Studying at home without tears

Ms Yvonne Kong-Ho feels it is a privilege to be on hand to guide her children, Natalie, eight, and Gabriel, 10, during home-based learning.
Ms Yvonne Kong-Ho feels it is a privilege to be on hand to guide her children, Natalie, eight, and Gabriel, 10, during home-based learning. ST PHOTO: TIMOTHY DAVID

Tearing your hair out over home-based learning (HBL), which started on Wednesday and is set to continue till May 4?

Here are some suggestions from academic and parenting experts, who advise thinking outside the box and letting the teachers get on with their job, albeit remotely, while schools are closed.

Here is how parents can keep sane, while optimising this time to help their children make true learning gains.

More HBL resources for parents can also be found here.


It is a good time to help children develop self-directed learning abilities, says Dr Tan Seng Chee, an associate professor at the National Institute of Education, Nanyang Technological University.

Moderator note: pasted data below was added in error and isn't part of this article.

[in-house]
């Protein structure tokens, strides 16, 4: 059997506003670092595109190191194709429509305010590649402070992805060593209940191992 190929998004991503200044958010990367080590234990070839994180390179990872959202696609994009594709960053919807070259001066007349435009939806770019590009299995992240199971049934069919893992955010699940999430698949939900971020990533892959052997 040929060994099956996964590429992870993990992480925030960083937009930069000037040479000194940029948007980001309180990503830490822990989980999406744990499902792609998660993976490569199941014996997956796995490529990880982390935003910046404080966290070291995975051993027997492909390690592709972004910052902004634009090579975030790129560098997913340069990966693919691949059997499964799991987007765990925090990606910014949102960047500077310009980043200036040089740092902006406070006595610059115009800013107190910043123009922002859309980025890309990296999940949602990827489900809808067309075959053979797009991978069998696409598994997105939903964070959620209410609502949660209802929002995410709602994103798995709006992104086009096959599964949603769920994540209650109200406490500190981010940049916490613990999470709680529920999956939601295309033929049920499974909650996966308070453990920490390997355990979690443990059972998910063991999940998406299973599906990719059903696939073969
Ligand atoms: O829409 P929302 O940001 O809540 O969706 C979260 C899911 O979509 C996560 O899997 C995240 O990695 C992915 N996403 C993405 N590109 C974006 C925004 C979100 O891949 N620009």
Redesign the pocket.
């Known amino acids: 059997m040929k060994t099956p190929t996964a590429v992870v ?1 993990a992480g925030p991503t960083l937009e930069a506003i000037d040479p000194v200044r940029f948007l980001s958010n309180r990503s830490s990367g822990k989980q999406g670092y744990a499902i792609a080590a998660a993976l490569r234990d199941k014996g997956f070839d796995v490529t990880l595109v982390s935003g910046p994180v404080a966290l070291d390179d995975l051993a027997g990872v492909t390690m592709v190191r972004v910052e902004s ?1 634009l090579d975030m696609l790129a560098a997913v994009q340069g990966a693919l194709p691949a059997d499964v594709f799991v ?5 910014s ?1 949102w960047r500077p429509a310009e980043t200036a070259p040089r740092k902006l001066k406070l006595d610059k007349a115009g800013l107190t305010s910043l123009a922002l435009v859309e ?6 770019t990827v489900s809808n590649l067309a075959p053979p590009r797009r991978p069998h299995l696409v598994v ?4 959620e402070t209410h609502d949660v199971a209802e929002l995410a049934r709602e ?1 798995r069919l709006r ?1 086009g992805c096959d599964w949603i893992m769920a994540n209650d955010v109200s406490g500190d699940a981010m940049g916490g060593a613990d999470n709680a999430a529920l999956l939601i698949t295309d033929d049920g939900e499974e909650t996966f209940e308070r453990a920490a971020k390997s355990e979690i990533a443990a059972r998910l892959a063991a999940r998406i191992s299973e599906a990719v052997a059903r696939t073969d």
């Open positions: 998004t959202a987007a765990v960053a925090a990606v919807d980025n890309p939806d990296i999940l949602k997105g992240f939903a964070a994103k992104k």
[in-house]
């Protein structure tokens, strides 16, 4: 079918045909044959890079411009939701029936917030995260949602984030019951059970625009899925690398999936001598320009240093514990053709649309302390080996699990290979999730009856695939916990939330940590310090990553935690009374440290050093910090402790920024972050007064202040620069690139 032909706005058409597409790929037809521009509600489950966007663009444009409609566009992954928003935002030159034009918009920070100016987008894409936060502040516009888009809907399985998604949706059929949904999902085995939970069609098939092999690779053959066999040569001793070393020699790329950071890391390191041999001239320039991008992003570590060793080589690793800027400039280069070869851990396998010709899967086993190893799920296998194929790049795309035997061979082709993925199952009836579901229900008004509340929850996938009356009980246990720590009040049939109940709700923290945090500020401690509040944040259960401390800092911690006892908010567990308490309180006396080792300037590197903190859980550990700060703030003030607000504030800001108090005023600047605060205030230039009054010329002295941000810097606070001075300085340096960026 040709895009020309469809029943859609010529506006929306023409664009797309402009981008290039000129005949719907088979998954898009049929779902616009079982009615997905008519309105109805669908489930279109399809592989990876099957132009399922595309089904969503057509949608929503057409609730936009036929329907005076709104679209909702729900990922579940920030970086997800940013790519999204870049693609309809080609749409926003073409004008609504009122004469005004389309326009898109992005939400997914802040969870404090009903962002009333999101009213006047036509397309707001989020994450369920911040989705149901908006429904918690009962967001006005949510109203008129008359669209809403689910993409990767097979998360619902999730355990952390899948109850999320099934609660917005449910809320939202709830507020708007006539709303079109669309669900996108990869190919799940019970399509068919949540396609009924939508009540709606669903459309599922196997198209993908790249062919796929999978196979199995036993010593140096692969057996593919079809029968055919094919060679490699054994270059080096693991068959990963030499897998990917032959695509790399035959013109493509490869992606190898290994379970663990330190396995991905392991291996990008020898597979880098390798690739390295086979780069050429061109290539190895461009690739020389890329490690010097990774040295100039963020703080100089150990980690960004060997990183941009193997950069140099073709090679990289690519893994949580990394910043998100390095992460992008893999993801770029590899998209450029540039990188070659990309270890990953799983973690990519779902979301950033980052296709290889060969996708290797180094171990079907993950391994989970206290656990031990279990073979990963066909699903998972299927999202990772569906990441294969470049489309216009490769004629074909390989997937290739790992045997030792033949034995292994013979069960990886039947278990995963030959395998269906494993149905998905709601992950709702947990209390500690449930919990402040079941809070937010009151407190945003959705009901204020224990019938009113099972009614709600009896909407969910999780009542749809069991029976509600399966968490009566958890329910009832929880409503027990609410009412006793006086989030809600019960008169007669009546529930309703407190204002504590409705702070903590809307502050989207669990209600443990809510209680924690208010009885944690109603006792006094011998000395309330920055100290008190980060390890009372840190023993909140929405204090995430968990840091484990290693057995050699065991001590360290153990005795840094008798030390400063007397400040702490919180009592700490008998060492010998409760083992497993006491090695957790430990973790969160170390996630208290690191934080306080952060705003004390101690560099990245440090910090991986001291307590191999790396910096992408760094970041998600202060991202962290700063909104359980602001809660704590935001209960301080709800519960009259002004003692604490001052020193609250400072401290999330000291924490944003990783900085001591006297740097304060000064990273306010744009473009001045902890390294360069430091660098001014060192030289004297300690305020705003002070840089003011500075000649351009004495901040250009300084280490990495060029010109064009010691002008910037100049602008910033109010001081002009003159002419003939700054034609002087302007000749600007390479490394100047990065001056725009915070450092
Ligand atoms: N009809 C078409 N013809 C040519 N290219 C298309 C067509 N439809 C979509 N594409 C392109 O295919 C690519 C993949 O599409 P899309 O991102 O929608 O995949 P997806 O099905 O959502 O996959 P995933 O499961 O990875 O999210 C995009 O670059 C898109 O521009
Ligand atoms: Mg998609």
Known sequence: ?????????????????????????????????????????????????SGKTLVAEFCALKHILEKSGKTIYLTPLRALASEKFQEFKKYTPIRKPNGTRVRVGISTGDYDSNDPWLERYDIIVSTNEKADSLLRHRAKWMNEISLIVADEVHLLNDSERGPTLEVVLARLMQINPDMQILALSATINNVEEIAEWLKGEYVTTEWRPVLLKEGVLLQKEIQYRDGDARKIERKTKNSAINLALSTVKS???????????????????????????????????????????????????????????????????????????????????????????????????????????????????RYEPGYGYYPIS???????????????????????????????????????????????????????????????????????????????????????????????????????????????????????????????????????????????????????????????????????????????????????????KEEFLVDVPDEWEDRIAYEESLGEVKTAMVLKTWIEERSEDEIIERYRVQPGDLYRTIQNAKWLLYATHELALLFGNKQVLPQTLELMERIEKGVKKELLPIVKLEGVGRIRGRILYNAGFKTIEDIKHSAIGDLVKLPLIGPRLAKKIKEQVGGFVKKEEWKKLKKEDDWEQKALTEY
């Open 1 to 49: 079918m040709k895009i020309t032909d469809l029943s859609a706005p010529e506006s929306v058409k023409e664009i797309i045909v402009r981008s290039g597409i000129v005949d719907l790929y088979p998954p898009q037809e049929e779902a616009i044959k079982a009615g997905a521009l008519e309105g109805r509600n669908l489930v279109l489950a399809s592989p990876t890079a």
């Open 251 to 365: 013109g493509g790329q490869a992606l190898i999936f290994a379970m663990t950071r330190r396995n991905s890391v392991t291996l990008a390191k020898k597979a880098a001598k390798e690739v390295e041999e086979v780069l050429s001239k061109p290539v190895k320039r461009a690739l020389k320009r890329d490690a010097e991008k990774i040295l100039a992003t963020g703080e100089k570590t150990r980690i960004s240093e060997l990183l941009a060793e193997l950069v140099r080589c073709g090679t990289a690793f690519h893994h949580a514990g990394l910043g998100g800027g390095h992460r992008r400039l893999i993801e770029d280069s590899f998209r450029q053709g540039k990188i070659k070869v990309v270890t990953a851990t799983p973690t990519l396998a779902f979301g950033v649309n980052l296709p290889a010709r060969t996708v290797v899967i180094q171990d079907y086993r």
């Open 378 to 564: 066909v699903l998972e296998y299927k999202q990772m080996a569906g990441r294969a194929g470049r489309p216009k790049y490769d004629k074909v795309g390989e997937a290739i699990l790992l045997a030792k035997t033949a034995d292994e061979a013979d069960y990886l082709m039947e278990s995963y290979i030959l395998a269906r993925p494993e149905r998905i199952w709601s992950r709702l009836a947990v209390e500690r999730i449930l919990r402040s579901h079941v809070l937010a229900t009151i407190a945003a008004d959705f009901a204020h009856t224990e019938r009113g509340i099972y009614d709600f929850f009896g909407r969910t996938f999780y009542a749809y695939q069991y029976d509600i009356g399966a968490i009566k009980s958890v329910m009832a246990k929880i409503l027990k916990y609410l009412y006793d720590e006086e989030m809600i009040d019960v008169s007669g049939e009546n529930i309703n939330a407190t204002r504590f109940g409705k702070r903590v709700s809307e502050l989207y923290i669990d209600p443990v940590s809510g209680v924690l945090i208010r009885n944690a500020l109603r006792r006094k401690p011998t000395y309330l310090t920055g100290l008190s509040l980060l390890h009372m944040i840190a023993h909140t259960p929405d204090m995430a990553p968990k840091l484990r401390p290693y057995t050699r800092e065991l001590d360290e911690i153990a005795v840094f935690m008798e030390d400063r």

There are many reasons why it is not feasible for parents to take the place of teachers. Subject teachers may have specialised approaches, especially at higher grade levels, while parents working from home have other demands on their time and attention, he says.

But parents can help their child become more self-directed by allocating check-in times for their child to review his tasks; or by asking the child to list ways he can improve his own planning and learning.

Parents can also translate knowledge into real-life applications, which boost self-directed learning, Prof Tan says.

For instance, a parent can explain to the child how a camera works or seek the answers together with the child.


Prof Tan suggests leveraging the expertise of support groups such as teachers, many of whom have already set up WhatsApp groups with parents.

Better yet, form your own supportive community online. "Parents also need to recognise that many teachers are also parents, who need to take care of their children. With this understanding, parents with more capacity can step up to help other parents or children," he says.